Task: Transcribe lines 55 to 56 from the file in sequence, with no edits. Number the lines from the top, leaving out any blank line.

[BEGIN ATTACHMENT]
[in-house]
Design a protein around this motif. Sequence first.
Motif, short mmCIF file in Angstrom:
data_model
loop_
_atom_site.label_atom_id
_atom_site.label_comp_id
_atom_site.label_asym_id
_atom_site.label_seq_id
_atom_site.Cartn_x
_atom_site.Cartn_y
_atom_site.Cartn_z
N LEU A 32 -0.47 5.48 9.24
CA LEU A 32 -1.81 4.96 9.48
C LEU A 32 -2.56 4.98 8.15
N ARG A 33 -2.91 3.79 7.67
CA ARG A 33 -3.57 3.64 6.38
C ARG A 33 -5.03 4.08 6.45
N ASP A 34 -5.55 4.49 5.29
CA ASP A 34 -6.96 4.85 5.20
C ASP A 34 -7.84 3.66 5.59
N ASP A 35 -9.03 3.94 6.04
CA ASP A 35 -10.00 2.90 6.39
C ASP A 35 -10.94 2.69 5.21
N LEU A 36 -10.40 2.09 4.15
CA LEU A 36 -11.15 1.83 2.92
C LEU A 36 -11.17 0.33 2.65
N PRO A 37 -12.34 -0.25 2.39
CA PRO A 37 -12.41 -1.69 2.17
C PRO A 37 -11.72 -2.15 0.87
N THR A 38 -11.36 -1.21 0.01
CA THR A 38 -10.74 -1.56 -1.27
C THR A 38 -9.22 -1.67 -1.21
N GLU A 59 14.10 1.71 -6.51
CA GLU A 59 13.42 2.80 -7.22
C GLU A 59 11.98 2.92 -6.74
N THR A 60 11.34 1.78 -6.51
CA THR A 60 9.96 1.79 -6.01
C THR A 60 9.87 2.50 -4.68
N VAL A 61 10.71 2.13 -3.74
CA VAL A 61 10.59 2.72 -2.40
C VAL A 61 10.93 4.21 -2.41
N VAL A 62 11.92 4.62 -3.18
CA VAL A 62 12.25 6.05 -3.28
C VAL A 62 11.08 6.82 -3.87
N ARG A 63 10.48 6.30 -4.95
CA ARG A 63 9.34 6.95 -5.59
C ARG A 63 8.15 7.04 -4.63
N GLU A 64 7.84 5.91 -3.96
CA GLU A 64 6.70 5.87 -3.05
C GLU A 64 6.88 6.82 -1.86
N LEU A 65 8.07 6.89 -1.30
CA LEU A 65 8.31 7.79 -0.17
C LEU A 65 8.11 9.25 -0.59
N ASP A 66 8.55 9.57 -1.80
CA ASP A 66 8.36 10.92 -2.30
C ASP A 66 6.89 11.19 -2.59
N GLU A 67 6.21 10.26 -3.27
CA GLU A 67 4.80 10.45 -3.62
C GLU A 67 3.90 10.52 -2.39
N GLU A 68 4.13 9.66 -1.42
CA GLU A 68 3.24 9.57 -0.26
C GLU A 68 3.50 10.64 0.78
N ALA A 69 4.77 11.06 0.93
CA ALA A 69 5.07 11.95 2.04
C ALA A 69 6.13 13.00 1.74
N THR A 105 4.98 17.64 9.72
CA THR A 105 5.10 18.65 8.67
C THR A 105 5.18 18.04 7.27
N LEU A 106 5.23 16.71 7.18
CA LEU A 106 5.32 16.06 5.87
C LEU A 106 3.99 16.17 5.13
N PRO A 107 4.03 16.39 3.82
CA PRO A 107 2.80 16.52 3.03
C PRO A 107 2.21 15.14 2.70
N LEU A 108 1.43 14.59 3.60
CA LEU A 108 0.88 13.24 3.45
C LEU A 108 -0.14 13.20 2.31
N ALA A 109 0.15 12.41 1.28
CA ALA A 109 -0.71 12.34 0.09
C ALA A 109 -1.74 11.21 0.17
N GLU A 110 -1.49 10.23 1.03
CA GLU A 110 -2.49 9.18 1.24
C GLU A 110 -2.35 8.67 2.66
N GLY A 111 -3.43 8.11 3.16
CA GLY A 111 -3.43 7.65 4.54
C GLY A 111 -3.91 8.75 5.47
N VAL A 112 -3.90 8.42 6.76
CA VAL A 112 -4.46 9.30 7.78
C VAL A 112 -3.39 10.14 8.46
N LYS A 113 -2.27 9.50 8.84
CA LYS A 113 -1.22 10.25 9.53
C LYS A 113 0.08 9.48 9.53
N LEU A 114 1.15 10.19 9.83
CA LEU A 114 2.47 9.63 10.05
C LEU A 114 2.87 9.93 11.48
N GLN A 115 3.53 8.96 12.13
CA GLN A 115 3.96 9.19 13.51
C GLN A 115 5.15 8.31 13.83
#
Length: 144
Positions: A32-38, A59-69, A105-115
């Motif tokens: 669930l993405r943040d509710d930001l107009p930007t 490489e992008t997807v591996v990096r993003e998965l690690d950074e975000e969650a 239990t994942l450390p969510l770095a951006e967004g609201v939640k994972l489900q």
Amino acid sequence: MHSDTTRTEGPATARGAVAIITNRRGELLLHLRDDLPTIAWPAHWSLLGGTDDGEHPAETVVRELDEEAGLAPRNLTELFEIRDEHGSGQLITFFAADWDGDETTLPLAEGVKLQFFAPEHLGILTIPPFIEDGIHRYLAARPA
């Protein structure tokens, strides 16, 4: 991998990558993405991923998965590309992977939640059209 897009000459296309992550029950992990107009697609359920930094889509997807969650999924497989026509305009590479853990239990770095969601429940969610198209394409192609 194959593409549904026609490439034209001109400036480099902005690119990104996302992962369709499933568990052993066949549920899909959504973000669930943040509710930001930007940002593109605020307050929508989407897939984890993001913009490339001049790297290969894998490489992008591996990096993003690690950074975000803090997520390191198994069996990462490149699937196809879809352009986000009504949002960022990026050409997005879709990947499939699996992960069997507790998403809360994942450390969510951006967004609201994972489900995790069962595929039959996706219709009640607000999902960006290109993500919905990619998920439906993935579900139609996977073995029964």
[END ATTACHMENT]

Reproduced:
N ASP A 66 8.55 9.57 -1.80
CA ASP A 66 8.36 10.92 -2.30